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Maroon-and-gold medalist's final college lap

ASU Online helps Olympic swimmer Jessica Hardy fit completing her degree into her very busy training schedule

Olympic swimmer and ASU Online student Jessica Hardy in a pool
May 03, 2016

Editor's note: This is part of a series of profiles for spring 2016 commencement. See the rest here.

Team USA swimmer and 2012 Olympic medalistHardy won gold (4x100-meter medley relay) and bronze medals (4x100-meter freestyle relay) at the 2012 Olympics in London. Jessica Hardy became a student at Arizona State University’s online campus in January 2014, looking to receive her undergraduate degree in Communication.

After leaving college in 2007 to dedicate more time to her sport, graduating with a degree is something that has always been at the back of her mind.

“I left UC Berkeley seven years before re-enrolling at ASU, and during that time, have felt a weight on my shoulders wishing I had finished,” said Hardy, whose hometown is Long Beach, California.

However, it was not a lack of motivation to go back to school, but trying to fit class into an already busy schedule.

Up at 6 a.m. each day, Hardy spends anywhere from two to three hours in the pool each morning, with another two to three hours cross-training in the afternoon. Factor in national and international travel, competitions and sponsorship commitments, and she isn’t left with a lot of time to spend in a traditional classroom setting.

While trying to figure out the best way to finish her degree, Hardy was introduced to the idea of continuing her education online. After taking the time to research the school and program that would best fit her needs, she enrolled to pursue ASU’s online Bachelor of Science in Communication through the College of Liberal Arts and Sciences.

Leading up to graduating with the Class of 2016, Hardy had to split her time between class and swimming, where she is training for upcoming competitions including vying for a spot on the 2016 Olympic team.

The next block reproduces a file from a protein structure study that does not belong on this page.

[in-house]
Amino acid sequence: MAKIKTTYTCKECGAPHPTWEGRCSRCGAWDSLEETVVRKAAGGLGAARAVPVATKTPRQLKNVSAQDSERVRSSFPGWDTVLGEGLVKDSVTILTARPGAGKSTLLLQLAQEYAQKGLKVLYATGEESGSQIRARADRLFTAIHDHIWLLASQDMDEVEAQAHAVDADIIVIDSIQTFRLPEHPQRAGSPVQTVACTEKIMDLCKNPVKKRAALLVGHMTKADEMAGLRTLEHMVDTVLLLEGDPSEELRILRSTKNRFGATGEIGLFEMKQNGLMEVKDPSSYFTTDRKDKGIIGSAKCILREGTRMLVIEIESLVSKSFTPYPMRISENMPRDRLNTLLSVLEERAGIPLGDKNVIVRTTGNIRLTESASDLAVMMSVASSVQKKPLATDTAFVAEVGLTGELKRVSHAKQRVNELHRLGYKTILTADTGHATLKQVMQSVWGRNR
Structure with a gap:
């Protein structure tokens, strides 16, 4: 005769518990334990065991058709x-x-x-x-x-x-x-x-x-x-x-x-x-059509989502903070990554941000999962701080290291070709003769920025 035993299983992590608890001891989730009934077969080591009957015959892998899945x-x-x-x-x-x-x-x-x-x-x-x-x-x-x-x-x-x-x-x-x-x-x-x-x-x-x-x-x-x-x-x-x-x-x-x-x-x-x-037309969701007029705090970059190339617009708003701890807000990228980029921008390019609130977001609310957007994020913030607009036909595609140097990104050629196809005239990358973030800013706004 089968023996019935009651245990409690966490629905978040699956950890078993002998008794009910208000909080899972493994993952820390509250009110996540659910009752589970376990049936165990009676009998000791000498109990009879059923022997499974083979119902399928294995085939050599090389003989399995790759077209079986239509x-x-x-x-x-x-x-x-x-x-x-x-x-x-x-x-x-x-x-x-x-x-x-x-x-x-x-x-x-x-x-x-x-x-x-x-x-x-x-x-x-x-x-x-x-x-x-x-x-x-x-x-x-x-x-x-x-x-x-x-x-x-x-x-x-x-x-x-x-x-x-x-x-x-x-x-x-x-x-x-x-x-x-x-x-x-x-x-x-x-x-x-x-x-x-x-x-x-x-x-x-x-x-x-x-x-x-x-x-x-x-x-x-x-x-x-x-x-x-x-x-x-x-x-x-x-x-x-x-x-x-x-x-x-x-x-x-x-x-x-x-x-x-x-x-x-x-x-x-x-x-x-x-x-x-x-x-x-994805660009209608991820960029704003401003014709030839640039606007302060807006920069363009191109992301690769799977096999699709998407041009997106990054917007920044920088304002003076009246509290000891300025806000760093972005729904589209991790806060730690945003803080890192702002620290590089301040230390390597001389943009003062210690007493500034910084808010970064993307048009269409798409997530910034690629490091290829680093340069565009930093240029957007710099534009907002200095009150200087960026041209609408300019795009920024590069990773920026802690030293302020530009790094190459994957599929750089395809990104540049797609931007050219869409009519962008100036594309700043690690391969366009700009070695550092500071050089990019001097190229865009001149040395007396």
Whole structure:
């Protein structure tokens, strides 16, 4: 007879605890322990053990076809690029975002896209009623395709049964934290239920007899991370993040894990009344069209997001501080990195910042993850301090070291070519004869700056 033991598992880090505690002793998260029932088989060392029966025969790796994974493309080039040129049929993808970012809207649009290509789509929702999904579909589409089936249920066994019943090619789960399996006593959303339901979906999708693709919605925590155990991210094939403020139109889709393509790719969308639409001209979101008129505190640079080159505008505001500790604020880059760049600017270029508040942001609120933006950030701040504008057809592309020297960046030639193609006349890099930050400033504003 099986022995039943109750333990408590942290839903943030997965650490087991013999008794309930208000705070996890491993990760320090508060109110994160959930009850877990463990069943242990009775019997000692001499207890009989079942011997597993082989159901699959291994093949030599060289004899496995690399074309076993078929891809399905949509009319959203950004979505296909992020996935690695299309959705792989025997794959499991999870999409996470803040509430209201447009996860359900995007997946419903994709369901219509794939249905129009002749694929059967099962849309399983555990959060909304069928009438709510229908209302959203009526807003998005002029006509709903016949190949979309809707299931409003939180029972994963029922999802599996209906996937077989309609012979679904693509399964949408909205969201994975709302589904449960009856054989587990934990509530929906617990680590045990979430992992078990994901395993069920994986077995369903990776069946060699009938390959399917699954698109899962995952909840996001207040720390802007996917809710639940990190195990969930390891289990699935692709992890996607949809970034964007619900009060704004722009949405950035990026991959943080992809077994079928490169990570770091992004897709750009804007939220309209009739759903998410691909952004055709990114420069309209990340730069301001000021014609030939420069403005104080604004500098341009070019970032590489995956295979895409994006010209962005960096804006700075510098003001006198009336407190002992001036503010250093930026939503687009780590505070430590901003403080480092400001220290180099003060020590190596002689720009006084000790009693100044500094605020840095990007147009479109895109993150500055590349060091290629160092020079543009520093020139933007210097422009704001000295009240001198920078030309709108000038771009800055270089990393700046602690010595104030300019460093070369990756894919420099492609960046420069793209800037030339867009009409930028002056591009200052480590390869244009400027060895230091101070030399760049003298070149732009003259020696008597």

She answered some questions about her time with ASU Online.

Question: What was your “aha” moment, when you realized you wanted to study the field you majored in?

Answer: Communication has been my interest in all the classes I have taken up to this point and because of the experiences I have had in my professional life. Part of my career is about working with sponsors, doing interviews and participating in commercials. All of this combined has sparked my interest in the field, and I hope to use my degree, and experience, to work in sports marketing after graduation and retirement.

Q: What’s something you learned while attending ASU that surprised you, that changed your perspective?

A: I had a much closer relationship with more interaction with my students than I ever anticipated from an online learning environment. I got to work in group projects, public speaking, and had almost daily discussions with a lot of my classmates.

Q: Why did you choose ASU?

A: After deciding to go back to school, and while researching programs, I came across the online Bachelor of Science in Communication degree program at Arizona State University. In addition to the university’s rigorous academic standards, my experience with the counselors and enrollment coaches really got me excited to start school again.

Q: What’s the best piece of advice you’d give to those still in school?

A: Be open-minded about selecting classes. I didn’t know I was any good at math and/or science, but ended up loving those classes that I took at ASU. I sometimes learned the most when I least expected it!

Q: What are your plans after graduation and the 2016 Olympics?

A: I plan on taking a step back from swimming, and focusing on other passions. I want to find a new career to invest my work ethic towards, and perhaps start a family with my husband.

Q: If someone gave you $40 million to solve one problem on our planet, what would you tackle?

A: That is a VERY difficult question to answer, as there are a lot of charity causes that I am passionate about; however, cancer has been hitting a little too close to home for me lately, with some loved ones being affected. I would love to donate that money to cancer research.

Written by Carrie Lingenfelter

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